Sanders said Doc Rivers ‘ use of his bench in Game 4 Thursday night reminded him of Red Auberbach’s strategy during the Celtics’ dynasty in the 1960s, of which Sanders was a key part.
“It was consistent with Auerbach to use that second unit when games were extremely tight or when we were losing,” said Sanders, who won eight NBA titles as a player and briefly coached the C’s  in the late 1970s. “Basically, he’d change that whole group up, and we’d get back in many a game. … That’s a good role to play if you’ve got that kind of bench, and certainly Rivers has that kind of bench, and he’s clearly not afraid to use it.”
Sanders said that because the Celtics and Lakers starters match up so evenly, the bench should decide the series. “Boston has a much deeper bench,” he said. “That’s the only edge that they have.”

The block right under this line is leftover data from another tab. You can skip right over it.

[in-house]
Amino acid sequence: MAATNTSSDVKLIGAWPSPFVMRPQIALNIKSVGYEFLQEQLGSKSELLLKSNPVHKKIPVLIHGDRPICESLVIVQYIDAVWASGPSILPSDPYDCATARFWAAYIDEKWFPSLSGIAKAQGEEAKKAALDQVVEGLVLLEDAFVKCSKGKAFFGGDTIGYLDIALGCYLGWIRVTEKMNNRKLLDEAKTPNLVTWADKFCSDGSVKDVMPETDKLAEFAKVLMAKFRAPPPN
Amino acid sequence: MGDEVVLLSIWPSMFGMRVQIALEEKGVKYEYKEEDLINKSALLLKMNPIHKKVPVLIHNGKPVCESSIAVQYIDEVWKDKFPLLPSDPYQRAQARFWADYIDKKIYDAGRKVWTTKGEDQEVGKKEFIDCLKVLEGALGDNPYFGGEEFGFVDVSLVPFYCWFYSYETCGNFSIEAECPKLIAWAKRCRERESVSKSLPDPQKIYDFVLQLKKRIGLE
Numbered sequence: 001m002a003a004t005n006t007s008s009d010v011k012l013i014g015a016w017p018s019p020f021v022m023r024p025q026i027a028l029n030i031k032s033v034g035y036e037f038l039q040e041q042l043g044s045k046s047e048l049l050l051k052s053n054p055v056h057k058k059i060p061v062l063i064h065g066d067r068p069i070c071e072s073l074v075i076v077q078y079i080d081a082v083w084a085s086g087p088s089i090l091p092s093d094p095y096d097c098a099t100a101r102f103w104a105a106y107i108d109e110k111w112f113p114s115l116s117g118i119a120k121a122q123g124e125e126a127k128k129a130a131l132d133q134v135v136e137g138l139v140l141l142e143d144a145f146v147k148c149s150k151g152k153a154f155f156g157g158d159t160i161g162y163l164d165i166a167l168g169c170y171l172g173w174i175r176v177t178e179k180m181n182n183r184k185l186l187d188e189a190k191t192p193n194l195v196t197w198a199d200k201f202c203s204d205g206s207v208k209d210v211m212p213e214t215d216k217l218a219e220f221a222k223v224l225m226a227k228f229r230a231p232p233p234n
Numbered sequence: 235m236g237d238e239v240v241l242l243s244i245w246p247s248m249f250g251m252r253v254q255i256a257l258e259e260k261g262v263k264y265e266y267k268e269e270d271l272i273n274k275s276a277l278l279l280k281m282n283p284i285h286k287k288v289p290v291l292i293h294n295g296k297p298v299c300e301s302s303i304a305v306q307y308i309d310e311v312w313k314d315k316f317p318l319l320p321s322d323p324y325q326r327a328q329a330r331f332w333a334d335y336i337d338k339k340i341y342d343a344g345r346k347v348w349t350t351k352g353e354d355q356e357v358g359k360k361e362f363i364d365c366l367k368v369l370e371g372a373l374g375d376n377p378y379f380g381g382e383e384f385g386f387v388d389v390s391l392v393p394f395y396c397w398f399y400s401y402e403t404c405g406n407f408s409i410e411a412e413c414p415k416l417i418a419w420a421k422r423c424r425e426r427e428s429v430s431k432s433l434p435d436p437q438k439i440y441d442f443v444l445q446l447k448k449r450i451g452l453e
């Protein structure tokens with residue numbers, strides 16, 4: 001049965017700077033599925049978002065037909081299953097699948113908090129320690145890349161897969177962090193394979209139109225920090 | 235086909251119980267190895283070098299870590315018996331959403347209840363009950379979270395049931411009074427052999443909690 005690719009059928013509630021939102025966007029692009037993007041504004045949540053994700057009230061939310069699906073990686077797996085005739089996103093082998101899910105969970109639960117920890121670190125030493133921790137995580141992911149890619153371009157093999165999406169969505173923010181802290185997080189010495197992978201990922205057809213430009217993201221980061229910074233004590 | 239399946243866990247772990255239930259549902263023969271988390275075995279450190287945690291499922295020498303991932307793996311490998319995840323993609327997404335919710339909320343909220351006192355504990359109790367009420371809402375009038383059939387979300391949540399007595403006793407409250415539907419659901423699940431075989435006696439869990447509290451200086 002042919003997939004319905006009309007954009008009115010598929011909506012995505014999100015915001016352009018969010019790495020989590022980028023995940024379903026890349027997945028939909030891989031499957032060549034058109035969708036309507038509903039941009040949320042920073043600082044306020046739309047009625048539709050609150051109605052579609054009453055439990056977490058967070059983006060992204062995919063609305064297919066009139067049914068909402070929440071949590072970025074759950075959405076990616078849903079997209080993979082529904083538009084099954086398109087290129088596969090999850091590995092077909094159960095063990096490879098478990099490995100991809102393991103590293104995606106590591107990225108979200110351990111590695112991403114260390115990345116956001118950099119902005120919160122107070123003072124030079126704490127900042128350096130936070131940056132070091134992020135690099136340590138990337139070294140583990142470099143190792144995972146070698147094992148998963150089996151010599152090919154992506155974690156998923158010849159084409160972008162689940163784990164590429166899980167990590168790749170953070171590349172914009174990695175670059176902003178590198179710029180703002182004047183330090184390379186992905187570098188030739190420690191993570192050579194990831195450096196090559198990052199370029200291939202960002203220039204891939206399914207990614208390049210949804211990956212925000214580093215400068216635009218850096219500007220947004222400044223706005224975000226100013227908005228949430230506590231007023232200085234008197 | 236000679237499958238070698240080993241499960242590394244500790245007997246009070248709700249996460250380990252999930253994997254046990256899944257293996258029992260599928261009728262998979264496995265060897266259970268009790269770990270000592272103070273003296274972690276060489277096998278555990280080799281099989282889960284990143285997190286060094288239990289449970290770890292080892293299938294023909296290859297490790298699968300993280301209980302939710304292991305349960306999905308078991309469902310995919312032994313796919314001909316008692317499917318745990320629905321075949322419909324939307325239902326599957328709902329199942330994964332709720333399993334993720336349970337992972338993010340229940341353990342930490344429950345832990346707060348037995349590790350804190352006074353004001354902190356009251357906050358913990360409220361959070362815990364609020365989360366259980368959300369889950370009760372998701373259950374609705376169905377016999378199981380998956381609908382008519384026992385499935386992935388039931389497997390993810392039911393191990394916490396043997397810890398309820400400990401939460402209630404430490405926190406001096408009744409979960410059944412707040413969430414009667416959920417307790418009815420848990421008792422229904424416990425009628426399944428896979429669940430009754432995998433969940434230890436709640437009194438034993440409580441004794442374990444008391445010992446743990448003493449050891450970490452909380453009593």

As for the referees, Sanders said complaining isn’t worth the players’ time and focus. “Forget about the referees,” he advised. “They have a job to do, but you’d better do yours.”
Sanders will be on hand Monday night at TD Garden for The Tradition , the New England Sports Museum’s annual event honoring area sports legends. He will be there to help present former teammate Jo Jo White with the basketball legacy award.